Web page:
But then there’s Charlie Austin.
Charlie Austin’s one of those players who makes you question everything about everything. The Englishman is third-best in the PL with 13 goals. Alongside Harry Kane, he’s has been the chief breakthrough centreforward in England. Coming into every promotion season, the debate was, and always is, whether or not Player X can carry his lower-league aptitude over and up one level, the highest level. Austin has taken those questions and made them into sonnets. The 25-year-old’s hat-trick against West Brom stands above and beyond any moment at Loftus Road this campaign. Despite how terrible Rangers have been, you still feel like they’re capable of the odd magical result, so long as Austin is leading the line.
However, the issue arises when you look at the rest of QPR’s goals. Austin’s 13 goals account for 57 percent of the teams full tally, which is far too high to not be of dire concern. After Austin, the next leading scorer is Leroy Fer with four; after that, there’s four separate players with one each. It’s unacceptable to be so blatantly reliant on one individual, and if Redknapp doesn’t sort out this lopsided structure of his squad, relegation won’t just be likely, it’ll be definite.
Currently: 20th place
Leicester City currently find themselves draped in uncertainty. They’ve been unequivocally the worst side in the PL this season. The table doesn’t lie in that regard. They’re dead last and have lost 12 of their 21 matches. Their goal differential is minus-13, second worst in the league. Here’s how poor they’ve been: from late September to late December, they managed only two draws in thirteen matches; that’s two points out of a possible 39.
It doesn’t sound uncertain, I know. It sounds like they’re just a really, really, really bad team that will undoubtedly be pawning nPower swag come August. The thing is, they might finally be turning a corner here.
The Foxes have three wins and a draw in their last four matches, including an away win against Hull, an away draw with Liverpool, and an FA Cup triumph over Newcastle. It seems unlikely, but if Nigel Pearson’s side are going to formulate a climb up the table, it has to start soon, preferably now.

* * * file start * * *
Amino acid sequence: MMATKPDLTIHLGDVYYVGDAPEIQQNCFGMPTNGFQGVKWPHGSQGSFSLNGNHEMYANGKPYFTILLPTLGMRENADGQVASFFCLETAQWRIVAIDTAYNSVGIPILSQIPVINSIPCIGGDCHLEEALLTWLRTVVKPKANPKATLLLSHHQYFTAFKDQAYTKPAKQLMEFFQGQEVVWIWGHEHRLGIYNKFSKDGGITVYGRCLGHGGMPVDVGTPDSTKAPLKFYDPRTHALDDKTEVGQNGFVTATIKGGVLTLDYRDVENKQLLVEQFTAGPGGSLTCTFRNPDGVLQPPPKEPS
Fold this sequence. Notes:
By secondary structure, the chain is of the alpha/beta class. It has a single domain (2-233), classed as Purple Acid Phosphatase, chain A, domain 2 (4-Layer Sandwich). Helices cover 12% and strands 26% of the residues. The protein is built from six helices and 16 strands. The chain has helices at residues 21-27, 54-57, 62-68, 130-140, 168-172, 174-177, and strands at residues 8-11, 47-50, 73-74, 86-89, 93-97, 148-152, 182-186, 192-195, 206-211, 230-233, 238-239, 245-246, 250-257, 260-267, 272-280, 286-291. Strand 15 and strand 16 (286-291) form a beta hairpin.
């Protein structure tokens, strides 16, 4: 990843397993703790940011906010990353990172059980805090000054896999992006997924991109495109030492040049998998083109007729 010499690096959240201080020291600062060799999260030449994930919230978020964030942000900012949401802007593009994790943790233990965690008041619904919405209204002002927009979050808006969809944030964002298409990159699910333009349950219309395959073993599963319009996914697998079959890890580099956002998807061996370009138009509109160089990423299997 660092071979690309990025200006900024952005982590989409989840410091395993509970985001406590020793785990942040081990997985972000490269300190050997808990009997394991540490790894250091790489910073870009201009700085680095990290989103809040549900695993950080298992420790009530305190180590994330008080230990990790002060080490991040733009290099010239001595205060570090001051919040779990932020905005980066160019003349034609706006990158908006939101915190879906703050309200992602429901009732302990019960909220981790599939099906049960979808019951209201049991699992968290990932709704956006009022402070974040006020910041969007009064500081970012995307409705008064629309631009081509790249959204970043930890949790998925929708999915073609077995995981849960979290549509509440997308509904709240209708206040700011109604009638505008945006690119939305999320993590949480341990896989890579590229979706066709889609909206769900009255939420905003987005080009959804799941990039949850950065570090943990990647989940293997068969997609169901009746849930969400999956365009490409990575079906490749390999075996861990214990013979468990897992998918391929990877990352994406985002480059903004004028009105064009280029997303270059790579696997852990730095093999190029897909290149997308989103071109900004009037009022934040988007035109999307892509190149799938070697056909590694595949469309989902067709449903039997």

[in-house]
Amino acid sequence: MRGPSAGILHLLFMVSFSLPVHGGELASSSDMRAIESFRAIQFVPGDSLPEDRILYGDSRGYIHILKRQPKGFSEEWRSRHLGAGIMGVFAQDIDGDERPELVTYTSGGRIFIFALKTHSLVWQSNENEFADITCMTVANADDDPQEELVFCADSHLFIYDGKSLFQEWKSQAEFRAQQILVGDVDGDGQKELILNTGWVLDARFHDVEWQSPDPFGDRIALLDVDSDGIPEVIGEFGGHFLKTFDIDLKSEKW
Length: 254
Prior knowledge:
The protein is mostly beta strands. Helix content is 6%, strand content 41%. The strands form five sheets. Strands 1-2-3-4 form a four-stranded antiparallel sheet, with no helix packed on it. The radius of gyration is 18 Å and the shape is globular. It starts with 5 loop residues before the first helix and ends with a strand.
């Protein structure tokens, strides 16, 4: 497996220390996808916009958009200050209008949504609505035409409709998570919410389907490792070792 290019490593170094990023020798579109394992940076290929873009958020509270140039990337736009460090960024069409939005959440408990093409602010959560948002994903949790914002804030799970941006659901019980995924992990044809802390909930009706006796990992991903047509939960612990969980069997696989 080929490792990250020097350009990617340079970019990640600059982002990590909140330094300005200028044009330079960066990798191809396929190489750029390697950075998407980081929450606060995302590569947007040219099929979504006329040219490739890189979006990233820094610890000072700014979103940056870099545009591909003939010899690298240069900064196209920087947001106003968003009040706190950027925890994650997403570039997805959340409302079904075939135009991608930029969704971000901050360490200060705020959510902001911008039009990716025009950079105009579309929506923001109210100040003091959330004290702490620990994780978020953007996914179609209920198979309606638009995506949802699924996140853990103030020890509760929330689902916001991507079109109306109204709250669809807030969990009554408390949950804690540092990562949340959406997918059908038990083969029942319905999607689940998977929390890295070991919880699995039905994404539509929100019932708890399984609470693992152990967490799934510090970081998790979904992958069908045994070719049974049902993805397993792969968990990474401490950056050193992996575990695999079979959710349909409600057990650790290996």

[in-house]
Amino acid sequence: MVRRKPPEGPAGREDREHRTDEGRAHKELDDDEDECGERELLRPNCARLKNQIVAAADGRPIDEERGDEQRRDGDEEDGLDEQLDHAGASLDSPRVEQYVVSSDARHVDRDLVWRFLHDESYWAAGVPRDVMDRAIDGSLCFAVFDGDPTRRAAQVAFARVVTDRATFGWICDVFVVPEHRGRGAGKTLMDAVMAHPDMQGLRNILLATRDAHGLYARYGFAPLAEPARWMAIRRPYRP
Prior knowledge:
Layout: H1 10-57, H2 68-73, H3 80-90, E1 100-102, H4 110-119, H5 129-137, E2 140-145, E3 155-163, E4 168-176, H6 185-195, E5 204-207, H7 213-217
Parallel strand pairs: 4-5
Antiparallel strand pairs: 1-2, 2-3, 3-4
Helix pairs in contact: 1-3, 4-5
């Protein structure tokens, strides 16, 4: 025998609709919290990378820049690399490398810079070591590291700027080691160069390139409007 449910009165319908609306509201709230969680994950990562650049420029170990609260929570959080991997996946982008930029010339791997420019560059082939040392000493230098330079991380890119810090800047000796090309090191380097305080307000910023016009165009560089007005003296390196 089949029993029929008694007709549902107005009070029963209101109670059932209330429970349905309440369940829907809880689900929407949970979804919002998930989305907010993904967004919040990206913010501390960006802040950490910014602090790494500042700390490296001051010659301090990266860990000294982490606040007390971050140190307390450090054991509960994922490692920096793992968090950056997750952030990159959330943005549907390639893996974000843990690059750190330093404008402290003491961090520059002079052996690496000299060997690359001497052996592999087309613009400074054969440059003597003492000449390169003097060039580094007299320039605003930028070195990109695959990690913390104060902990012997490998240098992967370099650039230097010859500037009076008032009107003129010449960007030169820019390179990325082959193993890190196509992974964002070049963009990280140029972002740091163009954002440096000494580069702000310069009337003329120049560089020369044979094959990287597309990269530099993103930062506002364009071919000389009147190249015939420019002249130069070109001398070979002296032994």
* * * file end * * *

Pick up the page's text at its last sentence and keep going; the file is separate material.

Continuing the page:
It’s increasingly difficult to single out superior performers in such a downtrodden side, but there have been a few outstanding Foxes this campaign. Leonardo Ulloa is the leading goalscorer with seven in the PL, while Jeffrey Schlupp follows him with four; both are having reputable campaigns. But it’s really been right winger Riyad Mahrez who has recently shone brightest for Leicester. The Algerian midfielder has a goal and two assists in the Foxes’ last three league matches. He’s just the kind of aggressive goal-threat they’ll need in the season’s final months.
It doesn’t look good for Leicester, even with the recent run of positive results. Of their next seven league matches, five of them are against each of Manchester United, Arsenal, Everton, Chelsea, and Manchester City. Steal a few points here and there, and safety could be around the corner. But lose most or all of those game, as they’re likely to, and the drop awaits with open arms.
Also, relegation scraps are usually spearheaded by special individuals who rise to the occasion and locate a hidden reserve that allows him to be superhuman on those March/April afternoon kickoffs. Often it’s a player (see: Carlos Tevez for West Ham in 2006), but it can also be a manager (see: Tony Pulis every year). I’m not sure I see that figure in the Foxes’ locker room. Is it Ulloa? Mahrez? Pearson? Maybe, maybe, and maybe. But probably not. Get the ‘chutes ready, boys.